The Telegraph
Sunday , March 9 , 2014
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Constitution through Benegal’s eyes

Shyam Benegal. Picture by B. Halder

"Our framers worked hard to gift us a Constitution that has stood us in good stead. It is the Bible that we live by. So a series on it will always be relevant."

There have been several films on India’s freedom struggle or those who led the movement against the British but Shyam Benegal has chosen to breathe life into a facet seldom touched upon — the making of the Constitution, which had turned out to be quite a struggle by itself.

“The Constituent Assembly of India sat for two years, 11 months and 17 days to debate on and draft the Constitution. The proceedings of the debates in the central hall of Parliament are so interesting that it struck me that it would make for riveting viewing,” said Benegal on a recent trip to Calcutta to promote a festival of his films on Zee Classic.

The inspiration for the series, called Samvidhaan, came from Vice-President Hamid Ansari, also the chairman of the Rajya Sabha, of which Benegal was a member for six years.

The story starts after World War II, in 1946, when the Cabinet Mission was sent to India to plan and discuss the transfer of power. The debates took place between December 1946 and December 1949, and the Constitution was formally adopted on January 26, 1950.

“Our framers worked hard to gift us a Constitution that has stood us in good stead. It is the Bible that we live by. So a series on it will always be relevant,” said the director, who also made Bharat Ek Khoj, a 53-episode retelling of Nehru’s The Discovery of India for Doordarshan in the late-80s.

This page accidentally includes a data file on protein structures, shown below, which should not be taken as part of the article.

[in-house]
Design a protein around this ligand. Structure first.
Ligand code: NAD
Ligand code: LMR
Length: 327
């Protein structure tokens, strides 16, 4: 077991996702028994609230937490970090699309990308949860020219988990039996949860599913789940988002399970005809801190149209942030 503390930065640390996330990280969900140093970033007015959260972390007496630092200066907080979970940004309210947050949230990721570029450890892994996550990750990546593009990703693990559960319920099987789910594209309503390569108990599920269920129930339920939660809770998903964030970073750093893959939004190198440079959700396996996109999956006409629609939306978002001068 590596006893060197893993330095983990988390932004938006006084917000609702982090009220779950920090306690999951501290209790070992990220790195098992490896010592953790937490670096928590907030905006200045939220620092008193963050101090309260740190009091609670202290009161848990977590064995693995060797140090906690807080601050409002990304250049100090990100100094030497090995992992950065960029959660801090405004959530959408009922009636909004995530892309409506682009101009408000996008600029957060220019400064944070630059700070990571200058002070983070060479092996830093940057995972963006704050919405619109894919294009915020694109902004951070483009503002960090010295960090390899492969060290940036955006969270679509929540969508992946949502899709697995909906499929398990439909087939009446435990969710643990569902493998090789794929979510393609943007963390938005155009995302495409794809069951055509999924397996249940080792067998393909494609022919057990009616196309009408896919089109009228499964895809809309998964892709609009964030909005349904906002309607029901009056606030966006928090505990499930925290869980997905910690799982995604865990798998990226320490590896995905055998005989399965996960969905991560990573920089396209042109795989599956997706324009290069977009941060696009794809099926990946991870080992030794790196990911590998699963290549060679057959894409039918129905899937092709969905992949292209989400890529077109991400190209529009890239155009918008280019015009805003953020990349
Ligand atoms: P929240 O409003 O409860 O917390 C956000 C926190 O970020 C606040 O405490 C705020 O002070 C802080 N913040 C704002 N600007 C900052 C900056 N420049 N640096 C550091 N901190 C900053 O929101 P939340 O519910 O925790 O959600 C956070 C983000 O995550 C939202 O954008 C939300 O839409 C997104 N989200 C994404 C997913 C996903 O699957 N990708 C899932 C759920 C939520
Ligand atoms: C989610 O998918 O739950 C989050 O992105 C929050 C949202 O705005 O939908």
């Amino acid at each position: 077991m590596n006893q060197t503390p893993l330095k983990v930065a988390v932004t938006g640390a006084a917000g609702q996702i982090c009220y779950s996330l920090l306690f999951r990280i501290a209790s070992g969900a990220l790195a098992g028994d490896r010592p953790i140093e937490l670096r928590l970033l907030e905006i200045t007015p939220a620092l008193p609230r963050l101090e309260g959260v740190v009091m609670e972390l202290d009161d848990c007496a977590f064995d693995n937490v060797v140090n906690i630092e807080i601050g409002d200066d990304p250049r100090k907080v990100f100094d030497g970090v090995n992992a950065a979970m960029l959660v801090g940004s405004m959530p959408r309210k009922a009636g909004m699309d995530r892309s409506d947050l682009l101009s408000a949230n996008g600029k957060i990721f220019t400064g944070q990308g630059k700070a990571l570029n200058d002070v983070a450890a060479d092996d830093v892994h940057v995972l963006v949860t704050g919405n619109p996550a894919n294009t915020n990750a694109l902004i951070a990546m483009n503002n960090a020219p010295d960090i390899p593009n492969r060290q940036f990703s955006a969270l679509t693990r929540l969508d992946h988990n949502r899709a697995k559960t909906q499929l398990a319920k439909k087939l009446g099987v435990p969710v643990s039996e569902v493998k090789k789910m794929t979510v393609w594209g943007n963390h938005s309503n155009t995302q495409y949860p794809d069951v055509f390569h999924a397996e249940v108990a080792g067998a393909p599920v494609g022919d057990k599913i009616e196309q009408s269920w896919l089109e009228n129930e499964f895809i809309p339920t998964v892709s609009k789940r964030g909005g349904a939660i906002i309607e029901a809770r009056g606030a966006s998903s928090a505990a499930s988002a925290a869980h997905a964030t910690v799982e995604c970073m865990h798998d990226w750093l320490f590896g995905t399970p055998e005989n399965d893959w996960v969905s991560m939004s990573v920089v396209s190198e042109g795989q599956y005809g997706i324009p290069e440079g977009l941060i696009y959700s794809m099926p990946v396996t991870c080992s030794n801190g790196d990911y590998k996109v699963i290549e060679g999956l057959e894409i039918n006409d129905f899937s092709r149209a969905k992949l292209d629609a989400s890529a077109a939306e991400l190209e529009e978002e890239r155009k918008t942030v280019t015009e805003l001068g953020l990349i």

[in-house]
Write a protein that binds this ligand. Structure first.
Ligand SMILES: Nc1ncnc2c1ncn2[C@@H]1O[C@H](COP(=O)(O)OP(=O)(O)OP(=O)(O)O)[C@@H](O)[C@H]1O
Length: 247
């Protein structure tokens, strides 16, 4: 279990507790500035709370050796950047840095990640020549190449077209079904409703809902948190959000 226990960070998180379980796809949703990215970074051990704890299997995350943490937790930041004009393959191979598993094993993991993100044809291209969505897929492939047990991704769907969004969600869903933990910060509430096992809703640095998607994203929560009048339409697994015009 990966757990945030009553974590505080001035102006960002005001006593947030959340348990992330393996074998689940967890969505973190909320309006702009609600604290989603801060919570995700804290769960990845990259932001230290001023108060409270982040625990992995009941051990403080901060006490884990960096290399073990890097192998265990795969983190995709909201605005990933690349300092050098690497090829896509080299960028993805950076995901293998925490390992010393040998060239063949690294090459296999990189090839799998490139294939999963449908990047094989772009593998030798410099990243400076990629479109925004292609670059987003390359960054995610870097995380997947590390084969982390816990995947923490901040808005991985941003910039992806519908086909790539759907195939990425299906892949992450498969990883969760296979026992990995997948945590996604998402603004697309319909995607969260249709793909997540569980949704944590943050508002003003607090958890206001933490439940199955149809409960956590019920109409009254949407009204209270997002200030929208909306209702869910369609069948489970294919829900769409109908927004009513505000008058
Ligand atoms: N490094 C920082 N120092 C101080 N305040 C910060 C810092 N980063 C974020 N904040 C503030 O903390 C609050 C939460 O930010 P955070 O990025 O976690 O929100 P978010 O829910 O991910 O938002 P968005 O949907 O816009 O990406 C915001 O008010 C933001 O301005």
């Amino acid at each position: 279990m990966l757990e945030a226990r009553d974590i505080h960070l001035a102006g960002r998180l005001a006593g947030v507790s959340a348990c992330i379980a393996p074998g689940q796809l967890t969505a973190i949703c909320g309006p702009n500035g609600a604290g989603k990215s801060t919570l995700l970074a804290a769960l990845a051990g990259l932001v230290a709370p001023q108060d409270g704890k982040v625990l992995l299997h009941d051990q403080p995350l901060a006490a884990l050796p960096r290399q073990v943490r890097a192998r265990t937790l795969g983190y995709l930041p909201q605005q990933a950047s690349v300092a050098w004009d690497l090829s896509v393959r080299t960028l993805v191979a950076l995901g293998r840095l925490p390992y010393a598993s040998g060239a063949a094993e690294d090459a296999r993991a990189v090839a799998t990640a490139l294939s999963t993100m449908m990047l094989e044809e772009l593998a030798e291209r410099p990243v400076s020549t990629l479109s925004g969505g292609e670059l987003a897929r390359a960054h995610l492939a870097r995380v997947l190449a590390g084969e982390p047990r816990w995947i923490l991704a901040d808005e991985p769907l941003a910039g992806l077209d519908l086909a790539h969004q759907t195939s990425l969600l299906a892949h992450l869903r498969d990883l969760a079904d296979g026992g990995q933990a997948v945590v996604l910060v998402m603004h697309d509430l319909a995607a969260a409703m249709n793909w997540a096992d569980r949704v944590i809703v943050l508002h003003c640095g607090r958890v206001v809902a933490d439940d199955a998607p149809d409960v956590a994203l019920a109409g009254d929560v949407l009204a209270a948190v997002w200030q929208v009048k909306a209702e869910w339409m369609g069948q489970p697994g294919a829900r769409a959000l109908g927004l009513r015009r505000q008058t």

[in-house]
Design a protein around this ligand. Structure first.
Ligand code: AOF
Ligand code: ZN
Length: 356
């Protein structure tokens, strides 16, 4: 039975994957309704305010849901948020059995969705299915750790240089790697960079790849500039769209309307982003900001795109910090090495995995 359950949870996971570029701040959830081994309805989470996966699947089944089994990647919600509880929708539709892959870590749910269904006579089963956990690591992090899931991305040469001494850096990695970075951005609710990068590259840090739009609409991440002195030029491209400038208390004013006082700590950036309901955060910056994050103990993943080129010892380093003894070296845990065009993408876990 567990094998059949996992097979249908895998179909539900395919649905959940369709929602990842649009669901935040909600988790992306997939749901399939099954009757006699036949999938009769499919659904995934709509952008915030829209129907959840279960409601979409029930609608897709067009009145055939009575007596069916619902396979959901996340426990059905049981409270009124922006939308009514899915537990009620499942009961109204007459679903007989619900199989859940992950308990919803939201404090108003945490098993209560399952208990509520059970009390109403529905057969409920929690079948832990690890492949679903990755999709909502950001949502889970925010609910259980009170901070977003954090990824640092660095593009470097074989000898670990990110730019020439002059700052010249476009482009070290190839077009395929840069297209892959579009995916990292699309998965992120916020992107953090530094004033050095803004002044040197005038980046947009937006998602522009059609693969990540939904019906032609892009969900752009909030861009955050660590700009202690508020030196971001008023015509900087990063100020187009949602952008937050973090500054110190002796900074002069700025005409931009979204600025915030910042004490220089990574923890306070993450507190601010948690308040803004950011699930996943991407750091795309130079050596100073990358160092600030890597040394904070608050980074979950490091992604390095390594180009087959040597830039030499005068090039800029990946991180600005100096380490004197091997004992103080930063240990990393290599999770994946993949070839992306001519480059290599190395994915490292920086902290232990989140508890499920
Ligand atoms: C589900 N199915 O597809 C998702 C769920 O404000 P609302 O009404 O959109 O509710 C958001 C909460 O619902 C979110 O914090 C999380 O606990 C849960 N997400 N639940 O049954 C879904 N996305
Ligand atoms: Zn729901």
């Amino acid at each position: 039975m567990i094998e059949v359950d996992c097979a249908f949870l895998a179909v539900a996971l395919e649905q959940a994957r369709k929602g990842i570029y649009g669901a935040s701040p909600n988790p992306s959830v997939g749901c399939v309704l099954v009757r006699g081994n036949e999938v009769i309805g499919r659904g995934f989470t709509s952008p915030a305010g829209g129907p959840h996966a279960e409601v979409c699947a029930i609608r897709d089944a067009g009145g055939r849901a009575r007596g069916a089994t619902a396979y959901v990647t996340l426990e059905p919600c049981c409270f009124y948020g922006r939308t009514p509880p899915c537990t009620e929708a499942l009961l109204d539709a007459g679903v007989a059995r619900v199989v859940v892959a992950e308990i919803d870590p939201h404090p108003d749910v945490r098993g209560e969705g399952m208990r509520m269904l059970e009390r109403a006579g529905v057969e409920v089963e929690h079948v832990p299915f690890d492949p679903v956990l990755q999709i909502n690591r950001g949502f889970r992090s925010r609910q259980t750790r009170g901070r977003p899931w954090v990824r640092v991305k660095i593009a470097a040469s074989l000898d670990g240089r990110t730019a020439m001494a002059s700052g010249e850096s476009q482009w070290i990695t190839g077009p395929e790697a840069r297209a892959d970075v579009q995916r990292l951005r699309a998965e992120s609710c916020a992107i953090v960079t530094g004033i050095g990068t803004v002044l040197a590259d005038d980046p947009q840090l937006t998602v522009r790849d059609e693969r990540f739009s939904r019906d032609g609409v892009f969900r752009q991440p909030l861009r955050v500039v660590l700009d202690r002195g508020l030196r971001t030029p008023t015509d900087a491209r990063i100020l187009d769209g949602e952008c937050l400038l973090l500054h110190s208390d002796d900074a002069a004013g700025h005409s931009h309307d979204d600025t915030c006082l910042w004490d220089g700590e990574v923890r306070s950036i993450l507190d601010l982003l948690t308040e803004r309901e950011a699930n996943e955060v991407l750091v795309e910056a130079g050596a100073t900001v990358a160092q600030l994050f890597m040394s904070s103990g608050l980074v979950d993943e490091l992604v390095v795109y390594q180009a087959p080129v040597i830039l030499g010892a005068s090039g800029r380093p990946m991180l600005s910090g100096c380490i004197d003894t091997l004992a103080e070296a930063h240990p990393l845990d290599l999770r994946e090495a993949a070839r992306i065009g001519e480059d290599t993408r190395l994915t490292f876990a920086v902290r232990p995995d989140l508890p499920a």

Samvidhaan, produced by Rajya Saha TV, went on air from March 2. The 10-part mini series is slotted at 10am on Sundays.

Benegal is eager to introduce little-known figures like professor K.T. Shah who made significant contributions. “There are 146 speaking parts in the 10-hour series. We have taken cogent parts of the bilingual debate and have presented them as they were spoken. The Hindi dialogues will be sub-titled in English and vice versa.”

Sachin Khedekar, who played Netaji in Benegal’s Bose: The Forgotten Hero, is back as Ambedkar. Neeraj Kabi, best known as the ailing monk in Ship of Theseus, is Mahatma Gandhi, while Dalip Tahil dons the Nehru cap again after Bhaag Milkha Bhaag. Other actors in the series are Tom Alter, Rajit Kapur, Anjan Srivastava, Divya Dutta, Ila Arun and Rajeshwari Sachdev among others. Swara Bhaskar has anchored the show, parts of which were shot in Parliament itself.

“A galaxy of personalities came together for the debates — Sardar Vallabh Bhai Patel, Nehru, C. Rajagopalachari, J.B. Kripalani…But Gandhiji suggested the name of B.R. Ambedkar to head the drafting committee, which surprised many. History has proved how correct he was,” Benegal said.

There was a lot of drama in the debates. “Jinnah never attended the Constituent Assembly, Liaquat Ali Khan did. But after the call for Direct Action Day (on August 16, 1946, marked by widespread riots in Calcutta) Muslim League walked out.”

Benegal has a personal connection with the story, as does Shama Zaidi, his co-writer. Sir Benegal Narsing Rau, a judge of Bengal High Court who was appointed constitutional adviser to the Constituent Assembly in formulating the Constitution and prepared its original draft, was his father’s cousin. “I never met him,” Benegal says. Zaidi’s father B.H. Zaidi was one of the members.